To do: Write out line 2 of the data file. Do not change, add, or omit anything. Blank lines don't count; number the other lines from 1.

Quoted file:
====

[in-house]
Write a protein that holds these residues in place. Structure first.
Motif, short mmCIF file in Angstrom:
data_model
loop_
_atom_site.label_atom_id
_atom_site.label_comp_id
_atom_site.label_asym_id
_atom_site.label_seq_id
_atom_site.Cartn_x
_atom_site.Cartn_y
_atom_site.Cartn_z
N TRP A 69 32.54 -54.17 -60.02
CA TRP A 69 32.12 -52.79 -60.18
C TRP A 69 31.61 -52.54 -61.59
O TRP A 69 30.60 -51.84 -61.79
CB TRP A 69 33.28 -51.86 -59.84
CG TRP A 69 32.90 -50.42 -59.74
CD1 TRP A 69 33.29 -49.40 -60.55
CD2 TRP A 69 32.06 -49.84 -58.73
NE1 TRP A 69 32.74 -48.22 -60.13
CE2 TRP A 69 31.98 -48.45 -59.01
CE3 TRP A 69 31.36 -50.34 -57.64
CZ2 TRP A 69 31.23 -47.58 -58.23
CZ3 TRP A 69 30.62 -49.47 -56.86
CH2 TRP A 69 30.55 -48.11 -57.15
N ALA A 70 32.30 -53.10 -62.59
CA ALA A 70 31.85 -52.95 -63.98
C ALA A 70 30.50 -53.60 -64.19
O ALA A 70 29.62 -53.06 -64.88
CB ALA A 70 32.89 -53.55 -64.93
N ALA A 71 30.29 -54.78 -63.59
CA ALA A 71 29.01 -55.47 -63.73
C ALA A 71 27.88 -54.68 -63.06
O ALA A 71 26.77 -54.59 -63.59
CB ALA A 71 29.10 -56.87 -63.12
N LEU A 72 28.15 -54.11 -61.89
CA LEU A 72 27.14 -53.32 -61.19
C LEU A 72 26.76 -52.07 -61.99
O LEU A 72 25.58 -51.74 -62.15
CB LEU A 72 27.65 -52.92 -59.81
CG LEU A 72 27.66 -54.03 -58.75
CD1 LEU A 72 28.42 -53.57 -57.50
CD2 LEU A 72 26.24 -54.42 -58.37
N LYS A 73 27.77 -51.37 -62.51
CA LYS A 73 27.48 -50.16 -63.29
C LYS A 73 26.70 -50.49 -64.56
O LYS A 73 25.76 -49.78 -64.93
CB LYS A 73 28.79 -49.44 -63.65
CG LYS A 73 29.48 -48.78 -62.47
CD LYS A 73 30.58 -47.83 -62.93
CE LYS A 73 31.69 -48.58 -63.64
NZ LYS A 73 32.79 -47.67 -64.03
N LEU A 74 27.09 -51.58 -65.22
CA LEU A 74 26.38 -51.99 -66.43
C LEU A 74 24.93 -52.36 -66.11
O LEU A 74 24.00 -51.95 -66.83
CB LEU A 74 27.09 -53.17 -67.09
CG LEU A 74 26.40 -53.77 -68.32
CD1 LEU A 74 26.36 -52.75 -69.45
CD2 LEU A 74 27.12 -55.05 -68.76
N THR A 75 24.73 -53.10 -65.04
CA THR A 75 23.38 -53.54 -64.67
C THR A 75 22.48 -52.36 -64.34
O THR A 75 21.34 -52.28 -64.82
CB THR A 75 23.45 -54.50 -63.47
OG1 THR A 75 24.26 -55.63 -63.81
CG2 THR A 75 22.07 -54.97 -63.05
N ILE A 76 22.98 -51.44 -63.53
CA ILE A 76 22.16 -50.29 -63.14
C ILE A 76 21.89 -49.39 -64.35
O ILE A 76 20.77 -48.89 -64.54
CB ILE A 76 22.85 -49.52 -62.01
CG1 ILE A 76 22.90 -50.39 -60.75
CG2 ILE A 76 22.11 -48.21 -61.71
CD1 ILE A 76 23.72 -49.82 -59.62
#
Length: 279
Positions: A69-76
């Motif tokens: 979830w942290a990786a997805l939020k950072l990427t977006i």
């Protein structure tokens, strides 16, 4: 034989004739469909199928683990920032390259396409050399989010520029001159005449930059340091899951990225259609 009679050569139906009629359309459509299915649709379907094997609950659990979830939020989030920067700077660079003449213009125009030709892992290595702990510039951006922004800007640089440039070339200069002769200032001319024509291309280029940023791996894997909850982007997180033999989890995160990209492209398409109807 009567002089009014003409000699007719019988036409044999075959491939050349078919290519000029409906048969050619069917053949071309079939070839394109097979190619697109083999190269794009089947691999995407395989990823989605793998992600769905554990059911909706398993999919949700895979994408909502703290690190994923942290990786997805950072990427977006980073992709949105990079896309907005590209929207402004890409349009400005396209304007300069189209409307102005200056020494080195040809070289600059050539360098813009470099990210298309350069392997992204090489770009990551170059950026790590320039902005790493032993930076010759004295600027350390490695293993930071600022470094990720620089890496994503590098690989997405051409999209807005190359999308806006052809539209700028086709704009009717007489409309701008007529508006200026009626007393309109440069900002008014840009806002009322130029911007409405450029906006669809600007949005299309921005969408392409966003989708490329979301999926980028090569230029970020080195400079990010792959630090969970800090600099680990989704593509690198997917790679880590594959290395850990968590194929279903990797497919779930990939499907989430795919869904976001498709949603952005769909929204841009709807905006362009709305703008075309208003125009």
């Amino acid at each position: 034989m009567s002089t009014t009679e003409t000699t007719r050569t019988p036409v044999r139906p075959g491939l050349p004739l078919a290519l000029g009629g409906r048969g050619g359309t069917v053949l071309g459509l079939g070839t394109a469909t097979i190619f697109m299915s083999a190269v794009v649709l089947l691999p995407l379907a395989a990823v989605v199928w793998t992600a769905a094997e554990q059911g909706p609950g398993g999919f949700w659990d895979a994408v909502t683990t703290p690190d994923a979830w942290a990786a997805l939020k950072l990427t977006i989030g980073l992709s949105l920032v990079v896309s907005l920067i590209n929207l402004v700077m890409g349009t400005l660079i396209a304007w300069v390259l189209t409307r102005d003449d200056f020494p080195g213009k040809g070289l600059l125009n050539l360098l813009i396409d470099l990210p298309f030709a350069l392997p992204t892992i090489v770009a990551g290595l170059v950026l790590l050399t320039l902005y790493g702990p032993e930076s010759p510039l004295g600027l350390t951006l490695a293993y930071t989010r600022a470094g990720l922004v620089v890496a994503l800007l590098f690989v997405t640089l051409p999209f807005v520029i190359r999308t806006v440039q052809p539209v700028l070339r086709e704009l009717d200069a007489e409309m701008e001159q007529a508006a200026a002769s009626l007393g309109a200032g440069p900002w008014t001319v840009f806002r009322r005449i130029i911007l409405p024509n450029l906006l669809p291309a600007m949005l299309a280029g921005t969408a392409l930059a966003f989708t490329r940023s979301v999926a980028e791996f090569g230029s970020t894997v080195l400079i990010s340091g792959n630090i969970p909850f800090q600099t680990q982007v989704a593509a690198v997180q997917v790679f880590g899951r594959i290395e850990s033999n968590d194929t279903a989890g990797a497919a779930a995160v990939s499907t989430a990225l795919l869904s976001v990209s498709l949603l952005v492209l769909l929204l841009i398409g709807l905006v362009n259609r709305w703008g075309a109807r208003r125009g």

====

Write a protein that holds these residues in place. Structure first.